The ballot measure was passed last year by the General Assembly and is scheduled to go before Missouri voters in November. If approved, it would clear the way for lawmakers to pass enabling legislation to require voters to show a photo ID at the polls. Tony Rothert is an attorney with the ACLU of Eastern Missouri. He calls the ballot measure misleading.
Rev. Al Sharpton is joining Missouri Congressman Lacy Clay in opposing efforts to require voters to show photo IDs at the polls.
Last year, Republicans in 38 states introduced legislation that would require a state-approved photo ID to vote. Seven states have since signed it into law.
Sharpton joined Clay in St. Louis Friday at a voter rights forum to oppose a similar law from passing in Missouri. “We've got to turn this around," Sharpton said. "And start targeting in Missouri those legislators that are targeting our right to vote,” he said.
Before the vote, Democrats hammered away at Republicans’ arguments that the bill would combat voter fraud, saying there hasn’t been a documented case of voter fraud in decades – and that the bill does nothing to deal with voter registration fraud. State Representative Todd Richardson (R, Poplar Bluff) disagreed.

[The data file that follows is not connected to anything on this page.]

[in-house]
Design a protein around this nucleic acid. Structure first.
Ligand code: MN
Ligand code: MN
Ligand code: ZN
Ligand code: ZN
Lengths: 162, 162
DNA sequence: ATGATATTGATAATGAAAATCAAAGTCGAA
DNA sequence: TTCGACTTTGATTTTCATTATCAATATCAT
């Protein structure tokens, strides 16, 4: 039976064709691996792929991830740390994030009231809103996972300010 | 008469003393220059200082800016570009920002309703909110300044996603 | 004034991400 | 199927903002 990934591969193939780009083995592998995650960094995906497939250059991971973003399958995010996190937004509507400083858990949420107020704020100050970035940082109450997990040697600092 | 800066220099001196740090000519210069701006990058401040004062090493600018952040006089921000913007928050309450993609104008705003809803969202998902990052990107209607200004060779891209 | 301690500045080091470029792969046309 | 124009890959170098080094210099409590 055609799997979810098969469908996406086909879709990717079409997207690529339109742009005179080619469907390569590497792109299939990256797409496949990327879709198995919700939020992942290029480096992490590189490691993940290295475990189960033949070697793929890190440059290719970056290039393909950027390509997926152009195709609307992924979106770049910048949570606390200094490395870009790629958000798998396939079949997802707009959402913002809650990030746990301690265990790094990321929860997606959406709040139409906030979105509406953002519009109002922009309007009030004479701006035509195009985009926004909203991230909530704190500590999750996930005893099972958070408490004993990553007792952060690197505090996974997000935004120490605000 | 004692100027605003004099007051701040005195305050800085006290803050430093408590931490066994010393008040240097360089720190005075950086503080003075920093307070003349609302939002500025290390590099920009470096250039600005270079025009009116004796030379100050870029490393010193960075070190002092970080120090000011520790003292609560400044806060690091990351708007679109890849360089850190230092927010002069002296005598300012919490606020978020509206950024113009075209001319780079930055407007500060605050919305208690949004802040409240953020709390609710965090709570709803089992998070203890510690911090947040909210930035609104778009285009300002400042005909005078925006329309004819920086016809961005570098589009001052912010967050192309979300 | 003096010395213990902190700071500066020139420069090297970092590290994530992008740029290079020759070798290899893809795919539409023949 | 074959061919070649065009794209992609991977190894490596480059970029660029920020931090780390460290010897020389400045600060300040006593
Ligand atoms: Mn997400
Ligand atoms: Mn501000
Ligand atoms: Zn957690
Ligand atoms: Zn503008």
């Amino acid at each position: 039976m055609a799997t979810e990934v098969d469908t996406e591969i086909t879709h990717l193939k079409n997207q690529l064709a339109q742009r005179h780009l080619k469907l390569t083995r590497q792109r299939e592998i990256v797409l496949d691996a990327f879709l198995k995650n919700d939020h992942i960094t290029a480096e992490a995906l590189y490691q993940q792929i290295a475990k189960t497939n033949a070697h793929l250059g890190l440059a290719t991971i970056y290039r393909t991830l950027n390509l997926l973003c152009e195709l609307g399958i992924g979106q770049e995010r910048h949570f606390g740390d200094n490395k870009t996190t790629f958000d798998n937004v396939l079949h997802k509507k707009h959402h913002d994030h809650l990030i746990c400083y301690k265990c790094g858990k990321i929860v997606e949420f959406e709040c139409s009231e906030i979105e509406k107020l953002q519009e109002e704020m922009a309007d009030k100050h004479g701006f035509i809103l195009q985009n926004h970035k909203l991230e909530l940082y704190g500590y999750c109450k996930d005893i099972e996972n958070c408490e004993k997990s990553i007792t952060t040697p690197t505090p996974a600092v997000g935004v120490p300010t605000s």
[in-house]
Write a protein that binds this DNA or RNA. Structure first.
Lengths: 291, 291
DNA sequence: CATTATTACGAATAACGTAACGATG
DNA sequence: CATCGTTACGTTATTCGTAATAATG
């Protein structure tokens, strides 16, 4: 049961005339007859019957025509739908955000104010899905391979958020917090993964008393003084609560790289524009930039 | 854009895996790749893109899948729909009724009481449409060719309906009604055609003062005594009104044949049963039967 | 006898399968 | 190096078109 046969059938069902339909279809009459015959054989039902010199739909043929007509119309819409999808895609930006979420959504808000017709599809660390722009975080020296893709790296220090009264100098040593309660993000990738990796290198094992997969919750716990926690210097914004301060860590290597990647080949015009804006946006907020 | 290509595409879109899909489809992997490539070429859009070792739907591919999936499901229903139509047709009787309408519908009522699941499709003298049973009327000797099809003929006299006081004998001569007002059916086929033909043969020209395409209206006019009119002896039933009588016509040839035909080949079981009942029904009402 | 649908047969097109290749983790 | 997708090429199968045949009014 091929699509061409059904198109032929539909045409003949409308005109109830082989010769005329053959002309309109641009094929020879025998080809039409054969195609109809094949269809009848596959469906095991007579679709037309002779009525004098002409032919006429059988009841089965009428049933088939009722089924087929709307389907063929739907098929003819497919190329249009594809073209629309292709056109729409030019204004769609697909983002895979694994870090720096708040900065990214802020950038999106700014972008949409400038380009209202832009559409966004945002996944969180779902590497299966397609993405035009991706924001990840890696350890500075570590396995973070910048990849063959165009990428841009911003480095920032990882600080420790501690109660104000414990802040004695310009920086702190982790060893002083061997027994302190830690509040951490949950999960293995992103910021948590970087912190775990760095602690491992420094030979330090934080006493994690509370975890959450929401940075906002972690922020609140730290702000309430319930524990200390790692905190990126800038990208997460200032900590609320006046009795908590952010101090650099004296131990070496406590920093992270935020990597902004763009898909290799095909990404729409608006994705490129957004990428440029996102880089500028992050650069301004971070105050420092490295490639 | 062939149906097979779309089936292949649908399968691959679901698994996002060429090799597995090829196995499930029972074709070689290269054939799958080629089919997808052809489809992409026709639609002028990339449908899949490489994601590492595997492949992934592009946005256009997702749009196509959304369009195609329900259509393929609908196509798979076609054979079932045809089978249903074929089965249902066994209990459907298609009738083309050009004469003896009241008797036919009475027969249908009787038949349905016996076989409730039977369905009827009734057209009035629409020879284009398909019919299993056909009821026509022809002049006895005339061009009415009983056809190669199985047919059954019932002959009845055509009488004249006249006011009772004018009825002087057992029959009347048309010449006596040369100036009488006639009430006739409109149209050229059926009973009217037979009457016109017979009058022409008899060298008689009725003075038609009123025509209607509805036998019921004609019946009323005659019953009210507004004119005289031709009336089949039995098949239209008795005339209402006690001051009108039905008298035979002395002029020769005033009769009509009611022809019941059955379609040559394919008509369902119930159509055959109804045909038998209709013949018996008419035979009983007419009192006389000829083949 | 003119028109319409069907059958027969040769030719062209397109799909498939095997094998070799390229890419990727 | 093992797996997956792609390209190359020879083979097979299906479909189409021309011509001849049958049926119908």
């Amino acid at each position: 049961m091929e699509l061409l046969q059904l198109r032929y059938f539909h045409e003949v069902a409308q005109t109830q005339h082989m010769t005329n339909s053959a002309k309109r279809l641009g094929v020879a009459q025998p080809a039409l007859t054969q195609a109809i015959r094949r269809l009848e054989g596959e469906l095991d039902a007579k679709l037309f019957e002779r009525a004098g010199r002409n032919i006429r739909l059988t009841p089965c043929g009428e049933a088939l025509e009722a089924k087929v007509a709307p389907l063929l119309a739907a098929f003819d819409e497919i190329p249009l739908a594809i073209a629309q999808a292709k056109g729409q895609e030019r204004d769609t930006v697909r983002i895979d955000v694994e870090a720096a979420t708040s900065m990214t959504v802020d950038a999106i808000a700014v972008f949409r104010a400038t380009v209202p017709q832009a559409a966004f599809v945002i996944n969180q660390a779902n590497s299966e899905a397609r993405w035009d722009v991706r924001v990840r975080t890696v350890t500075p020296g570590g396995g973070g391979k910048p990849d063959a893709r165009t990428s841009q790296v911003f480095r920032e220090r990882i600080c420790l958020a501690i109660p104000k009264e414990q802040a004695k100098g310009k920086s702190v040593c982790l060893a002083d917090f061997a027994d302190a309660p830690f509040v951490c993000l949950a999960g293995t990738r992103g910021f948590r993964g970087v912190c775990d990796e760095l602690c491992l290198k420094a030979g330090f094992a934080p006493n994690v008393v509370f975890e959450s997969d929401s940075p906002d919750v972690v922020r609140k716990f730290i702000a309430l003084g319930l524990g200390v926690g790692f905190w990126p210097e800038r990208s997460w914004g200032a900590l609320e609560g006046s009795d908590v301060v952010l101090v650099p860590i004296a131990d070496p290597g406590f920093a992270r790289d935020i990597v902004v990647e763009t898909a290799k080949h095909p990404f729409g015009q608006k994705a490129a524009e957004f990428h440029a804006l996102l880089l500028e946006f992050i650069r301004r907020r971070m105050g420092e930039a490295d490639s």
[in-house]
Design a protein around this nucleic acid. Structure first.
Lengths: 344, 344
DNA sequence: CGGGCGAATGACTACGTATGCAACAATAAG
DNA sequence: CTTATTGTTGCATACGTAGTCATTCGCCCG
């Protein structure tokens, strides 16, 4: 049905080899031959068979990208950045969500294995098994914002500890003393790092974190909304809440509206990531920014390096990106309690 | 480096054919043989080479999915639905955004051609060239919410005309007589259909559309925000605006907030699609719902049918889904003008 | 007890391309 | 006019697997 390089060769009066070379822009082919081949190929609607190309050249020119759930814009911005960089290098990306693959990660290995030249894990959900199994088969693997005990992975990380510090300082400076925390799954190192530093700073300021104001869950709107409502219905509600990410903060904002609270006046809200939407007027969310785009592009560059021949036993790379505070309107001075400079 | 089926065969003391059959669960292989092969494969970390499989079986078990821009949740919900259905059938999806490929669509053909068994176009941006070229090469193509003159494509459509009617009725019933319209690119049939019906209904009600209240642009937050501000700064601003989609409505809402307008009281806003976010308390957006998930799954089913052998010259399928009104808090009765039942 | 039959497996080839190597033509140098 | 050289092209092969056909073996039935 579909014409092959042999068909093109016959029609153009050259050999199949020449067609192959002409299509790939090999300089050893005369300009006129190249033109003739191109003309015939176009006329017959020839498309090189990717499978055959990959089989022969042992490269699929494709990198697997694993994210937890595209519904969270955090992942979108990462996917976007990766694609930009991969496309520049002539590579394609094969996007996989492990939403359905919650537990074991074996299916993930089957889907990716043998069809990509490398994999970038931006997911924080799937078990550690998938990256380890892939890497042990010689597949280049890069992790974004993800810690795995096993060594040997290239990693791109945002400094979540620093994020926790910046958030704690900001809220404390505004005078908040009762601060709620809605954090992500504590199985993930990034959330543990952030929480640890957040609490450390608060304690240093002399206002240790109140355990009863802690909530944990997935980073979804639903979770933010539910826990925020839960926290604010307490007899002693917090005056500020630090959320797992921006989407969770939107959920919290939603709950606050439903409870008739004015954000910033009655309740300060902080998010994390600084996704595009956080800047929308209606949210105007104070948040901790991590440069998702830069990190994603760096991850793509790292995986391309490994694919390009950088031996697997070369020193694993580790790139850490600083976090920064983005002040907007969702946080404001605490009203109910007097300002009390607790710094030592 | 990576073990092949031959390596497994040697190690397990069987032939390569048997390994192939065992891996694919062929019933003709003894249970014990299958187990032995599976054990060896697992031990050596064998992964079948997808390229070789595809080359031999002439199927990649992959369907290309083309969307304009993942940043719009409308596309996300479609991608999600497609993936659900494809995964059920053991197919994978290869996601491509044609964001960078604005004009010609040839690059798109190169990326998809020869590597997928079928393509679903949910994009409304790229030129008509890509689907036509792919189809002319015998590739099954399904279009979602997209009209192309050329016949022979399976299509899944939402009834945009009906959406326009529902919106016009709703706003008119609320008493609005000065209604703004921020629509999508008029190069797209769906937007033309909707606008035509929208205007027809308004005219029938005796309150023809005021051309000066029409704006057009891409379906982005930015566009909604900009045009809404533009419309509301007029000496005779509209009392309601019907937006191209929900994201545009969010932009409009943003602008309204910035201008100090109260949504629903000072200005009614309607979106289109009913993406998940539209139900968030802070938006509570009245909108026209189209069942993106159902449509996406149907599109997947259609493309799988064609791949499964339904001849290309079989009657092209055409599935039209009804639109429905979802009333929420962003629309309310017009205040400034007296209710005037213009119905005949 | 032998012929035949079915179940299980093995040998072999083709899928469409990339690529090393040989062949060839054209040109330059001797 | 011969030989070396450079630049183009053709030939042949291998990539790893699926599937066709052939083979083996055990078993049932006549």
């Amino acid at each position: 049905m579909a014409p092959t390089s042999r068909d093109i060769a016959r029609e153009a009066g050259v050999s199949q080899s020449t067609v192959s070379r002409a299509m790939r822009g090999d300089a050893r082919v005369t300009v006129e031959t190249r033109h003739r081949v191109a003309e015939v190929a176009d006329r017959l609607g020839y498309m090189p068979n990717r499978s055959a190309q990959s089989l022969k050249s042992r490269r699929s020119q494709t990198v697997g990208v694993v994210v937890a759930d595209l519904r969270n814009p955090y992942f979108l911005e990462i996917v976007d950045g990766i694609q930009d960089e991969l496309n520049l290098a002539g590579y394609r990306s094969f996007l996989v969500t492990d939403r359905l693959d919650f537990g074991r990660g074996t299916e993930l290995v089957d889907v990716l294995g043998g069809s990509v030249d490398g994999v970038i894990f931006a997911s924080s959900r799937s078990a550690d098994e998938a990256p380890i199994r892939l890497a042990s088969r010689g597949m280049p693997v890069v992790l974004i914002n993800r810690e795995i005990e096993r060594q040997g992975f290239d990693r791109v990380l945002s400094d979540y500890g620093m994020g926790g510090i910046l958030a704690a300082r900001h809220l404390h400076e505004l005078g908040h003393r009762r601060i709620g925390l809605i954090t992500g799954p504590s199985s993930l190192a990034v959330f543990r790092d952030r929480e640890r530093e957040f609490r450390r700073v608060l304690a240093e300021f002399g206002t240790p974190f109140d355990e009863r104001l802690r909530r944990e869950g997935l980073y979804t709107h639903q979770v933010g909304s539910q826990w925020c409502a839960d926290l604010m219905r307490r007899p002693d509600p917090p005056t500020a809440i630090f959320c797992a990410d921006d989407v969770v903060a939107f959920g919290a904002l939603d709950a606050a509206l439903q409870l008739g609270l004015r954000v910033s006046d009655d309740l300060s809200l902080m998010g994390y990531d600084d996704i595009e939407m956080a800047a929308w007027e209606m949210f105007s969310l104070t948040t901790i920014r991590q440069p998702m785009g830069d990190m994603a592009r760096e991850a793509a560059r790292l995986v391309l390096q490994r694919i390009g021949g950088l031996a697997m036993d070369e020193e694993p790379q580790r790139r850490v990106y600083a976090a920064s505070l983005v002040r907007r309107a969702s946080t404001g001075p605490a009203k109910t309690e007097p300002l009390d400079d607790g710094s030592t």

Democrats and Republicans remain deeply divided over the issue: The 104-54 vote split along party lines, with every Republican present voting “yes,” and every Democrat “no.” Supporters argued that the bill would help prevent voter fraud. But State Representative Leonard Hughes (D, Kansas City) countered that the bill is unnecessary.
House leaders had intended to hold a first-round vote on the measure Monday, but it was delayed because of the large number of Democrats who spoke against the bill. Joe Aull (D, Marshall) used former Missouri Congressman Ike Skelton (D) as an example of how he says some elderly citizens could be disenfranchised by the bill. Aull says Skelton attempted to get a photo ID for himself after the 2006 voter ID law was passed, but he was turned down.